Malnutrition nursing diagnosis and malnutrition nursing interventions

This guide is about malnutrition and malnutrition nursing diagnosis. It can be used to develop malnutrition nursing care plans for educational purposes.

Malnutrition nursing diagnosis and malnutrition nursing interventions

What is malnutrition and example?

Malnutrition
Anatomy or system affected: Gastrointestinal system, intestines, nails, stomach, all bodily systems
Definition: Impaired health caused by an imbalance, either through deficiency or excess, in nutrients

Malnutrition Nursing Diagnosis

Malnutrition literally means “bad nutrition.” It can be used broadly to mean an excess or deficiency of the
nutrients that are necessary for good health. In industrialized societies, malnutrition typically represents the
excess consumption characterized by a diet containing too much energy (kilocalories) and sodium.
Malnutrition is most commonly thought, however, to be undernutrition or deficient intake, the consumption
of inadequate amounts of nutrients to promote health or to support growth in children. The most severe
form of undernutrition is called protein energy malnutrition, or PEM. It commonly affects children, who
require nutrients not only to help maintain the body but also to grow. Two types of PEM occur: kwashiorkor
and marasmus.

Related to Marasmus and Kwashiorkor

Malnutrition nursing diagnosis and malnutrition nursing interventions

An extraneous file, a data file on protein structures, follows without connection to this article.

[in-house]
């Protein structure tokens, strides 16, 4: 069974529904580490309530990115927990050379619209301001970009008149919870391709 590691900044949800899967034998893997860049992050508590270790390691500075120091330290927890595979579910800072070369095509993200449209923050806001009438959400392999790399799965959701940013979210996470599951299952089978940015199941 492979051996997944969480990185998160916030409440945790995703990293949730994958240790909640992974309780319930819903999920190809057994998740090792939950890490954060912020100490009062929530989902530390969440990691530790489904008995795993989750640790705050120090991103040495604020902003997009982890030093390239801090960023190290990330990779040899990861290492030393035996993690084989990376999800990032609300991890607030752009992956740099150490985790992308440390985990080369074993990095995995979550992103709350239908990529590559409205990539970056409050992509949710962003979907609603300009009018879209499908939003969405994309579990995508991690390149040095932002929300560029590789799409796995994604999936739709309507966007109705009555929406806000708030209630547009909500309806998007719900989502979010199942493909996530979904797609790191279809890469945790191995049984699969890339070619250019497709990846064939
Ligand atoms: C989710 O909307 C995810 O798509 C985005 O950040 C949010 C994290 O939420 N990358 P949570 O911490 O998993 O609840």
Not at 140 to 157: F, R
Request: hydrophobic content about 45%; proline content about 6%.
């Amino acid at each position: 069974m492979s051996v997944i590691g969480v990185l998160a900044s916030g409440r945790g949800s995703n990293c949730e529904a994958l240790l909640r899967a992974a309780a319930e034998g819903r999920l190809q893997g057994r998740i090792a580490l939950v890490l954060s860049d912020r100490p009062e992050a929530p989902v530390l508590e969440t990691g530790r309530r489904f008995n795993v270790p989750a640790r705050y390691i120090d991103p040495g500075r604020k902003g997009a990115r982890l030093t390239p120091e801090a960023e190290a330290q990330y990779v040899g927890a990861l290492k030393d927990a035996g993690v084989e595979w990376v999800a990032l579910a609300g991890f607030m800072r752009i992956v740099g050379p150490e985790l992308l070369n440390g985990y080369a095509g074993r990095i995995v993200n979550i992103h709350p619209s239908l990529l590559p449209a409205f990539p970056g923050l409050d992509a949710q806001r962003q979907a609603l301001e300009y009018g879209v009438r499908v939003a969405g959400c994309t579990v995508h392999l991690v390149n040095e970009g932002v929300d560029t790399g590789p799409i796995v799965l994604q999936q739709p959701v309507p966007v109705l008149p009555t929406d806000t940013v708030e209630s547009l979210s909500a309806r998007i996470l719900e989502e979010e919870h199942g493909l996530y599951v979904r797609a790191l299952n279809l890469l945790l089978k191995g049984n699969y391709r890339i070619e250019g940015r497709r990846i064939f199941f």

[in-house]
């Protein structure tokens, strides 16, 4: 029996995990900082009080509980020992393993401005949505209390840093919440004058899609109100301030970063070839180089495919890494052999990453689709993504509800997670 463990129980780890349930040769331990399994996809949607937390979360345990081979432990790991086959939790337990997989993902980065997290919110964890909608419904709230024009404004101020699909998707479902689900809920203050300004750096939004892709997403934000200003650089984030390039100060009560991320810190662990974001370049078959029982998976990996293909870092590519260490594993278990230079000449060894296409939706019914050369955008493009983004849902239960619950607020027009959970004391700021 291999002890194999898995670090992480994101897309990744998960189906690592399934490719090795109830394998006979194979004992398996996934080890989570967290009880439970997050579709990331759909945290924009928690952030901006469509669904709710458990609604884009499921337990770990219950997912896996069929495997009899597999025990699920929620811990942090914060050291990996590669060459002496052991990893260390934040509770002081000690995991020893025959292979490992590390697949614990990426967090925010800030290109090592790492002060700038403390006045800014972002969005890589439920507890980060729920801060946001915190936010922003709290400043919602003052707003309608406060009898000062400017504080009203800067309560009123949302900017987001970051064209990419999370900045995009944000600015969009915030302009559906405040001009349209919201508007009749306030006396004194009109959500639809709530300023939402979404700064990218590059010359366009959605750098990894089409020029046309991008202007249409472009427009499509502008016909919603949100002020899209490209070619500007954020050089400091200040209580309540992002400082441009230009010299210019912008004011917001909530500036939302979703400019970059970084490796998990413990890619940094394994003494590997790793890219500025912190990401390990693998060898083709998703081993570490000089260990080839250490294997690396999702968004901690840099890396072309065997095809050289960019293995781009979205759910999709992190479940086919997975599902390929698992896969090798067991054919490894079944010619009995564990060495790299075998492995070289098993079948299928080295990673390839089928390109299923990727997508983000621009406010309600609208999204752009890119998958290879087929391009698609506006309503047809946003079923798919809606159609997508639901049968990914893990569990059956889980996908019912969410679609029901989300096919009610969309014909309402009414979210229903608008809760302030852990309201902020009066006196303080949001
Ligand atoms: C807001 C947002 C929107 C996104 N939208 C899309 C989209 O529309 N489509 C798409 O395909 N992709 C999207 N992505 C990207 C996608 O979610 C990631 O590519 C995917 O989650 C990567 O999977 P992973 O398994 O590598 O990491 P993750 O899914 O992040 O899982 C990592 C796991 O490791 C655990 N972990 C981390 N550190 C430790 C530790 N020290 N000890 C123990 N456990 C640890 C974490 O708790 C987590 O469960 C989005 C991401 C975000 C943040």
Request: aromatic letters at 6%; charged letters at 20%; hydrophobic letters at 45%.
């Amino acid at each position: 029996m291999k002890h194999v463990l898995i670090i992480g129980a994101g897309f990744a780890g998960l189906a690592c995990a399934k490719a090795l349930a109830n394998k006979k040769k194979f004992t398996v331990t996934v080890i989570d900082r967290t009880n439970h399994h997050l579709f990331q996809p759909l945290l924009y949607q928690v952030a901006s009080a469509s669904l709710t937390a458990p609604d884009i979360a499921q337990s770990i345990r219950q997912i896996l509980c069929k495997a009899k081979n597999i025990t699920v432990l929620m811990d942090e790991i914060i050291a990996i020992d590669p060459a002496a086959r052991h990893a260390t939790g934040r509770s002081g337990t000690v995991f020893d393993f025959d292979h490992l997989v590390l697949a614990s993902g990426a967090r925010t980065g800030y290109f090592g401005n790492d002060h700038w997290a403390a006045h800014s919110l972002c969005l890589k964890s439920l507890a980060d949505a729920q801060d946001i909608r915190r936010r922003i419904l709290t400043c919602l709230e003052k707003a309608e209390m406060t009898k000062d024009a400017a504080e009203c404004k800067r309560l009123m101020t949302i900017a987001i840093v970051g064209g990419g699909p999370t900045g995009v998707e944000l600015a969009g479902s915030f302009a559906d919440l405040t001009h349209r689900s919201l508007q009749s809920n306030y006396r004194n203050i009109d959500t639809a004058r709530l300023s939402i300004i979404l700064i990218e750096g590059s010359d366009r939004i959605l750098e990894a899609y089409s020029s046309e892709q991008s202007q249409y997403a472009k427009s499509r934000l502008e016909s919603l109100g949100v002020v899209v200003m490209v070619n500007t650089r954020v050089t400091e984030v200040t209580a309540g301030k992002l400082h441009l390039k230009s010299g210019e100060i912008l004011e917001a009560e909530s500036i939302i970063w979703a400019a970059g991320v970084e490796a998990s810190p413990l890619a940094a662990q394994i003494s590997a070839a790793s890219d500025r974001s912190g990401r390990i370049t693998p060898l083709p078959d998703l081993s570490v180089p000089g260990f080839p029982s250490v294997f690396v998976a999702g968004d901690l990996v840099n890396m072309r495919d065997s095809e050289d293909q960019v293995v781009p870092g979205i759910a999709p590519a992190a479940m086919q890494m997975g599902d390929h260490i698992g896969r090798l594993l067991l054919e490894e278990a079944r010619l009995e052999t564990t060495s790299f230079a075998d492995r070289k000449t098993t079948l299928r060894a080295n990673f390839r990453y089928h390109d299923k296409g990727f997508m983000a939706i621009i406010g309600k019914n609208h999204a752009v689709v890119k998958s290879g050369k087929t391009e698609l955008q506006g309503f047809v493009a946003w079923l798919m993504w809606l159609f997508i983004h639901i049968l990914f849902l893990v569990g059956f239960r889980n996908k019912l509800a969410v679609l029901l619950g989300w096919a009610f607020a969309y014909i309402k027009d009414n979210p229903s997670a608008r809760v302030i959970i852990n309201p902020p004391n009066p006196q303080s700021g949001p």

Malnutrition nursing diagnosis

Kwashiorkor is a condition in which a person consumes adequate energy but not enough protein.
Kwashiorkor occurs most commonly in areas where there is famine, perhaps due to drought, natural disaster,
war, or political unrest, but it can also occur among people with low levels of education.
Diets in many low-income countries are high in bulk, making it nearly impossible for a child to consume a
sufficient volume of foods to obtain an adequate amount of protein for growth.

The outward signs of kwashiorkor are a potbelly, dry unpigmented skin, coarse reddish hair, low muscle mass, lethargy, failure to grow, and edema in the legs. Edema results from a lack of certain proteins in the blood that help to maintain a normal fluid balance in the body. Other signs requiring further medical testing include fat deposits in the liver and decreased production of digestive enzymes. The mental and physical growth of the child are impaired. Children with kwashiorkor are apathetic, listless, and withdrawn. Ironically, these children lose their appetites. They become very susceptible to upper respiratory infection and diarrhea. Children with kwashiorkor also are deficient in vitamins and minerals that are found in protein-rich foods. There are symptoms caused by these specific nutrient deficiencies as well.

Marasmus literally means “to waste away” and is an acute form of malnutrition. It is caused by a deficiency
of both calories and protein in the diet. This is the most severe form of childhood malnutrition. Body fat
stores are used up to provide energy, and eventually muscle tissue is broken down for body fuel. Victims
appear as skin and bones, gazing with large eyes from a bald head with an aged, gaunt appearance. Once